THE UNIVERSITY Grants Commission (UGC) has recently asked colleges to take junk food off the menu and display the calorie content of the items served. The governing body of all educational institutes had instructed the colleges to implement measures to sensitise the students on ill effects of junk food.
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“Universities can serve as important data sources on student’s health. Information on markers like body mass index (BMl)/percentage of body weight, waist-and-hip ratio etc can help in creating awareness among students towards their health,” read the UGC notice.
However, a week since the notice arrived, the city colleges have barely made any change in their canteens. The menu remained almost the same with very few or no modification.
At St Xavier’s College, Dhobi Talao, only aerated drinks have been taken off the menu and the rest of the menu remains unchanged. “They are still serving baked and fried items in the canteen. The only thing off the menu is aerated drinks,” said a student from the college.
At Wilson College in Chowpatty, the students were disheartened to find their all-time-favourite ‘chicken frankie’ off the menu. While the students thought this was an after-effect of the UGC notice, Principal Vishwas Sirwaiya denied it.
He said the menu has not been changed yet and there was no immediate plan either. SIES College, Matunga, on the other hand, was serious about the notice.
Principal Uma Shankar said, “We plan to take away all junk food from the menu. A meeting was held regarding the same with the college management and the decision will be implemented in a couple of days.”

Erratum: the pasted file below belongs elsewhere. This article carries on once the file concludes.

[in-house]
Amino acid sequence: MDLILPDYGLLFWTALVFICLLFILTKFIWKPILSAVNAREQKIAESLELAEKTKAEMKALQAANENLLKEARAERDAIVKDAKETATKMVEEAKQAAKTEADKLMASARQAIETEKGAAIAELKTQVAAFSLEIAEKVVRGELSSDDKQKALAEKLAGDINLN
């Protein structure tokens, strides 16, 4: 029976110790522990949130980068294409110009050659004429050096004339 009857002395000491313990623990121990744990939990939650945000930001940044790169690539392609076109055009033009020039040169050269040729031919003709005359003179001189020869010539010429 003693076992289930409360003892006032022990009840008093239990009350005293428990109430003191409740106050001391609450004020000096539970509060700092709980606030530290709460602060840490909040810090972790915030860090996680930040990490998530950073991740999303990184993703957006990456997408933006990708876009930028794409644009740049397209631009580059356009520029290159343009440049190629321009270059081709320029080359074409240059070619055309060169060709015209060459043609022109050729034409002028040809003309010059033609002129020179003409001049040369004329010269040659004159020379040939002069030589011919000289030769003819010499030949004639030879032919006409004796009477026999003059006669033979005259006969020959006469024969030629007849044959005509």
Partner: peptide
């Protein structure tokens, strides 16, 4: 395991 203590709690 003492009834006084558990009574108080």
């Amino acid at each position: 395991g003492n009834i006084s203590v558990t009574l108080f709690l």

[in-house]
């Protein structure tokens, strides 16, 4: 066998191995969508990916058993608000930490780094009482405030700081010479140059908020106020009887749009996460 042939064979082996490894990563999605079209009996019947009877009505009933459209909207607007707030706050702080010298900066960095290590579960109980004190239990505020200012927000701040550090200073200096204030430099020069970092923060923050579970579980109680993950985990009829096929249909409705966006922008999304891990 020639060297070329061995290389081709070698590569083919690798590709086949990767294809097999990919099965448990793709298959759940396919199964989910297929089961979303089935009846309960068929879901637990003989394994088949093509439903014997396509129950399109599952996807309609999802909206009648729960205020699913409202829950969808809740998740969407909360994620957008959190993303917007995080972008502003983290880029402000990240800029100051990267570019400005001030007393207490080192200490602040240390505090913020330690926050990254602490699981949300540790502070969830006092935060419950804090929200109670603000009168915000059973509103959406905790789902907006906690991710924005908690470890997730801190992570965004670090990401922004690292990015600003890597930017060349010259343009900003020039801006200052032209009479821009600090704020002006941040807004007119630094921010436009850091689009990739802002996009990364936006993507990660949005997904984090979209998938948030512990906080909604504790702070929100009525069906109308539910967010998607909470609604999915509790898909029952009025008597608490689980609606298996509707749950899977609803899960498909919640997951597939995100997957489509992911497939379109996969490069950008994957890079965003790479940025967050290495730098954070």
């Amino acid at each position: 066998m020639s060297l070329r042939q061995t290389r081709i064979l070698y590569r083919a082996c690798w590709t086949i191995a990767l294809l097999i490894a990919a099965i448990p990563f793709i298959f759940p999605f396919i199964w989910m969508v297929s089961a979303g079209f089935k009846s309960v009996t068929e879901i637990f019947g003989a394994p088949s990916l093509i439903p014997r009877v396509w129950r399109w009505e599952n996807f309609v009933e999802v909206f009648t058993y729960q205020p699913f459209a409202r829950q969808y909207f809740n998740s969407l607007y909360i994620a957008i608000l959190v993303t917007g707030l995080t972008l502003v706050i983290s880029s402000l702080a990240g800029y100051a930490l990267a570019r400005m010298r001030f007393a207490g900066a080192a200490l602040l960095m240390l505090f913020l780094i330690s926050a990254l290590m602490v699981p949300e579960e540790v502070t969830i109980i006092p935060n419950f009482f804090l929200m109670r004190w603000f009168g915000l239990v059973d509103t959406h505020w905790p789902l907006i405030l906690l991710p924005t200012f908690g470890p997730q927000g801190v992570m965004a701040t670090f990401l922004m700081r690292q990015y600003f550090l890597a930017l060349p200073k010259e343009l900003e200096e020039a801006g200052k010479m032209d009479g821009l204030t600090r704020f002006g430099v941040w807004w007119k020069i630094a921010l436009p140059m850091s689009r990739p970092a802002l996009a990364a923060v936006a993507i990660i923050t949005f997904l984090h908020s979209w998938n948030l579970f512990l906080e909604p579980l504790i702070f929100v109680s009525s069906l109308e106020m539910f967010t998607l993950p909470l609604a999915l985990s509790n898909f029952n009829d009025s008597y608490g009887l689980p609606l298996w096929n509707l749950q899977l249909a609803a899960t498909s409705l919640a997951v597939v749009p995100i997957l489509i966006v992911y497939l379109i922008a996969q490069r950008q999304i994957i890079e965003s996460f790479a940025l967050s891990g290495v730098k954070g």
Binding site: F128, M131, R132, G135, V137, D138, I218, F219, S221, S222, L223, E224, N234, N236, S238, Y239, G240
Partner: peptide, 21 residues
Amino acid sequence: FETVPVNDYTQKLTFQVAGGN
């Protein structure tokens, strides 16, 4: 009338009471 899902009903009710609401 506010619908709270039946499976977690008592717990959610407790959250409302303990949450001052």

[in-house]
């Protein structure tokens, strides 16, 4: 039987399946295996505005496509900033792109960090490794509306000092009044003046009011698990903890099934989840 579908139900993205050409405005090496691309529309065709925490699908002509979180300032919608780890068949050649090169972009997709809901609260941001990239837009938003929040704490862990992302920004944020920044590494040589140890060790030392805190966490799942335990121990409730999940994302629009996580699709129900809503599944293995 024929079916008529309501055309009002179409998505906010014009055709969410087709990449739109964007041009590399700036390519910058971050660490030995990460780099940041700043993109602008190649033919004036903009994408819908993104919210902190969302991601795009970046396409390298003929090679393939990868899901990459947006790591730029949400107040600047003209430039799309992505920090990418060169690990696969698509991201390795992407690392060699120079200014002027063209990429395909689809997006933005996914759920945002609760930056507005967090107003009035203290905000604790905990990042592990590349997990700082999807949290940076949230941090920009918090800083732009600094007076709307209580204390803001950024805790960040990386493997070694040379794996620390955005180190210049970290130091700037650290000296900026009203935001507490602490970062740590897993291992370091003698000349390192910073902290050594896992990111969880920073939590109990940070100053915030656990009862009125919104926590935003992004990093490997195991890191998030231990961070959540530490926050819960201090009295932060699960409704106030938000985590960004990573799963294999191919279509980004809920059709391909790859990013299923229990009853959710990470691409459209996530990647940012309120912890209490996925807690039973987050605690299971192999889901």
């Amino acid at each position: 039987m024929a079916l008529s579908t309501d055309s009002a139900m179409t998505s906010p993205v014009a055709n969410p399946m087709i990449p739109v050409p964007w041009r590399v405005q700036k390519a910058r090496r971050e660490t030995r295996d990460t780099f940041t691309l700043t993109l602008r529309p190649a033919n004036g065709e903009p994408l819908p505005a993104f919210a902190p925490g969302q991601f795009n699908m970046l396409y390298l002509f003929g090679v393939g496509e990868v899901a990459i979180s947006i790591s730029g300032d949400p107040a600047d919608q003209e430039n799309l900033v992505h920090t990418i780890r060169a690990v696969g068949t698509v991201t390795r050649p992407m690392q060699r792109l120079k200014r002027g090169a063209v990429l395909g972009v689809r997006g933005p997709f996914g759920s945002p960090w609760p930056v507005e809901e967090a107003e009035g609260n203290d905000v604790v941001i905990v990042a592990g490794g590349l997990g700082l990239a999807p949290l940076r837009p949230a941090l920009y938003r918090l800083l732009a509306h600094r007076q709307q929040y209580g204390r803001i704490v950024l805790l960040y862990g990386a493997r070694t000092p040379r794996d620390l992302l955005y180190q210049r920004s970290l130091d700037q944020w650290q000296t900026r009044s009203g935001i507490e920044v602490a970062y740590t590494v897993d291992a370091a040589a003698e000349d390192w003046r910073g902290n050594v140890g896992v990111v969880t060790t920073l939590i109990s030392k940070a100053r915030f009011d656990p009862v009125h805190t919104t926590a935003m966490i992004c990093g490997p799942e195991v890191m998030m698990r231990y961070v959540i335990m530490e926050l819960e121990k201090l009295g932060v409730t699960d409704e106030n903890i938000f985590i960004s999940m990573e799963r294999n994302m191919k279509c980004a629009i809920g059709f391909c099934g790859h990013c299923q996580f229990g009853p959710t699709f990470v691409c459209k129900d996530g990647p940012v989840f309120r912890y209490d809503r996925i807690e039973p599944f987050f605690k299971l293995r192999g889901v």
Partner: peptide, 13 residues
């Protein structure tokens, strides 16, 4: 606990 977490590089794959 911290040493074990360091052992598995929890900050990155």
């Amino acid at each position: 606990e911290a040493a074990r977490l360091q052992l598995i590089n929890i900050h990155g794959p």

Even as the menu at Mithibai College, Vile Parle, remained the same, the institute has adhered to a part of the notice that asked the colleges to conduct programmes to create awareness among students about the effect of junk food.
“The student council has been assigned the task to conduct such awareness programmes among students to make them understand the importance of nutritious diet,” said Principal Rajpal Hande.
The UGC has also asked the colleges to conduct orientation programmes for faculty and staff on health issues.
“Wellness clusters should be created under the students welfare department where counselling should be done regarding proper nutrition, proper exercise and healthy habits. These wellness clusters can also provide psychological support to the students to prevent and reduce the incidence of obesity in young students,” read the notice.
Hande said the college already had an expert committee in place to conduct daily checks on the kitchen and ensure proper hygiene.
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